Is your stress written all over your face?
Famous for making necks tight, heads ache and stomachs upset, stress is becoming
a recognised trigger to redness, itching, burning and flare-ups commonly classified
as skin sensitisation.
And it’s a growing phenomenon: the American Academy of Dermatology reports up to 50% of the U.S. population experience some form of sensitive skin. Sensitised skin can be triggered in any person regardless of racial background or skin colour. Excessive exposure to skin-damaging environmental factors like chemical pollutants are frequent sensitisers. For example: Approximately 36% of the population in China has declared themselves as “sensitive”, a condition that may in fact be attributed to the high level of pollution in both rural and urban parts of this region.
What happens on the surface is stemming from a biological reaction in the body: inflammation. Inflammation is the immune system’s (immunogenic) response to infection and foreign invaders.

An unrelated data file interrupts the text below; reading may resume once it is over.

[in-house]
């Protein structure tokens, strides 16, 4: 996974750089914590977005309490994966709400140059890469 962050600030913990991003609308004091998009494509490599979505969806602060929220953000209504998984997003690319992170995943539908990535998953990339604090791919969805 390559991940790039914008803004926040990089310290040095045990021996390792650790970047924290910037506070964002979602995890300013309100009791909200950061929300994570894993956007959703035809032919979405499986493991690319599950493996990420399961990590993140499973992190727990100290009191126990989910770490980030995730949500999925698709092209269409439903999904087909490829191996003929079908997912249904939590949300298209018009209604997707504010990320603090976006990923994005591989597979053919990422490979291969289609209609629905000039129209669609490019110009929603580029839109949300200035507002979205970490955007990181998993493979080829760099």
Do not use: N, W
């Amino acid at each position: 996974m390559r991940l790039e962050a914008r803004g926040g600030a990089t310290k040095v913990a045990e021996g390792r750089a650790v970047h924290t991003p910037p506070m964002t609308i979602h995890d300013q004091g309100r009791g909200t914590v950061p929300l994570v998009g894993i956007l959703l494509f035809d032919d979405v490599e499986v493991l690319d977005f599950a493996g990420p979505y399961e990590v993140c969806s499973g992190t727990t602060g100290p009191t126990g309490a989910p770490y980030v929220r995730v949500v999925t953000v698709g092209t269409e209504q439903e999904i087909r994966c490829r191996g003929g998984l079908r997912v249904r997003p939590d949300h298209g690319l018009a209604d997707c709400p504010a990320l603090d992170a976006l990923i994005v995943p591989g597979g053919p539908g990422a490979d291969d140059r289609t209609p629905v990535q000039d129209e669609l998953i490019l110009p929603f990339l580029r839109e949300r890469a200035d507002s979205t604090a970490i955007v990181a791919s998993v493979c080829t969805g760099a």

Just as irritating chemicals and excess exfoliation can trigger inflammation and red, stinging, itching skin, researchers recognise neurogenic inflammation (stemming from
the nervous system), is also triggered by
emotional and physical stress. It yields the same red, stinging, itching response, and
could even be responsible for severe skin disorders including psoriasis, rosacea and atopic dermatitis.
As science explores these multiple pathways, Dermalogica continues to research ingredients to deliver